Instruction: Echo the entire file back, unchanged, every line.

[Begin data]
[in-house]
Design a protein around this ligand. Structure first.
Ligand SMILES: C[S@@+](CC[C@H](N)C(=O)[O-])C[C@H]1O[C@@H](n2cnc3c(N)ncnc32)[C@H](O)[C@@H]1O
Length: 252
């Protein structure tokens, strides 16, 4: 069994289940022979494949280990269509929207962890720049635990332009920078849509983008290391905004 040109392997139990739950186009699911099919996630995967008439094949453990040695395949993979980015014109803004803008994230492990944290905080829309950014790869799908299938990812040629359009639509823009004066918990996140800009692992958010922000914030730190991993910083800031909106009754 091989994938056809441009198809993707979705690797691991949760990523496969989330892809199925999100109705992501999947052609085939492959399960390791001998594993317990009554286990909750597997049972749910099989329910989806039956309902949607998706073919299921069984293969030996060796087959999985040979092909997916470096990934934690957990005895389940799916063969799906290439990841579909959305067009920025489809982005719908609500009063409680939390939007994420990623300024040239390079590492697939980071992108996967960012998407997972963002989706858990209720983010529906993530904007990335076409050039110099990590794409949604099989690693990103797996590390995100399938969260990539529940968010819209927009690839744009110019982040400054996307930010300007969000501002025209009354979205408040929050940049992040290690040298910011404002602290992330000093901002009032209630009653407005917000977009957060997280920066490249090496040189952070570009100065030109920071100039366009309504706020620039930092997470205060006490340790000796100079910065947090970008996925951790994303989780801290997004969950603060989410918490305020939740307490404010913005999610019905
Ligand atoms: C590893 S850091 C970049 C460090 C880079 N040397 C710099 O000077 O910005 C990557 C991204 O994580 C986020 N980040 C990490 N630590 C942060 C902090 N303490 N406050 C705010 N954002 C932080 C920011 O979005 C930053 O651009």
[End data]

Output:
[in-house]
Design a protein around this ligand. Structure first.
Ligand SMILES: C[S@@+](CC[C@H](N)C(=O)[O-])C[C@H]1O[C@@H](n2cnc3c(N)ncnc32)[C@H](O)[C@@H]1O
Length: 252
């Protein structure tokens, strides 16, 4: 069994289940022979494949280990269509929207962890720049635990332009920078849509983008290391905004 040109392997139990739950186009699911099919996630995967008439094949453990040695395949993979980015014109803004803008994230492990944290905080829309950014790869799908299938990812040629359009639509823009004066918990996140800009692992958010922000914030730190991993910083800031909106009754 091989994938056809441009198809993707979705690797691991949760990523496969989330892809199925999100109705992501999947052609085939492959399960390791001998594993317990009554286990909750597997049972749910099989329910989806039956309902949607998706073919299921069984293969030996060796087959999985040979092909997916470096990934934690957990005895389940799916063969799906290439990841579909959305067009920025489809982005719908609500009063409680939390939007994420990623300024040239390079590492697939980071992108996967960012998407997972963002989706858990209720983010529906993530904007990335076409050039110099990590794409949604099989690693990103797996590390995100399938969260990539529940968010819209927009690839744009110019982040400054996307930010300007969000501002025209009354979205408040929050940049992040290690040298910011404002602290992330000093901002009032209630009653407005917000977009957060997280920066490249090496040189952070570009100065030109920071100039366009309504706020620039930092997470205060006490340790000796100079910065947090970008996925951790994303989780801290997004969950603060989410918490305020939740307490404010913005999610019905
Ligand atoms: C590893 S850091 C970049 C460090 C880079 N040397 C710099 O000077 O910005 C990557 C991204 O994580 C986020 N980040 C990490 N630590 C942060 C902090 N303490 N406050 C705010 N954002 C932080 C920011 O979005 C930053 O651009």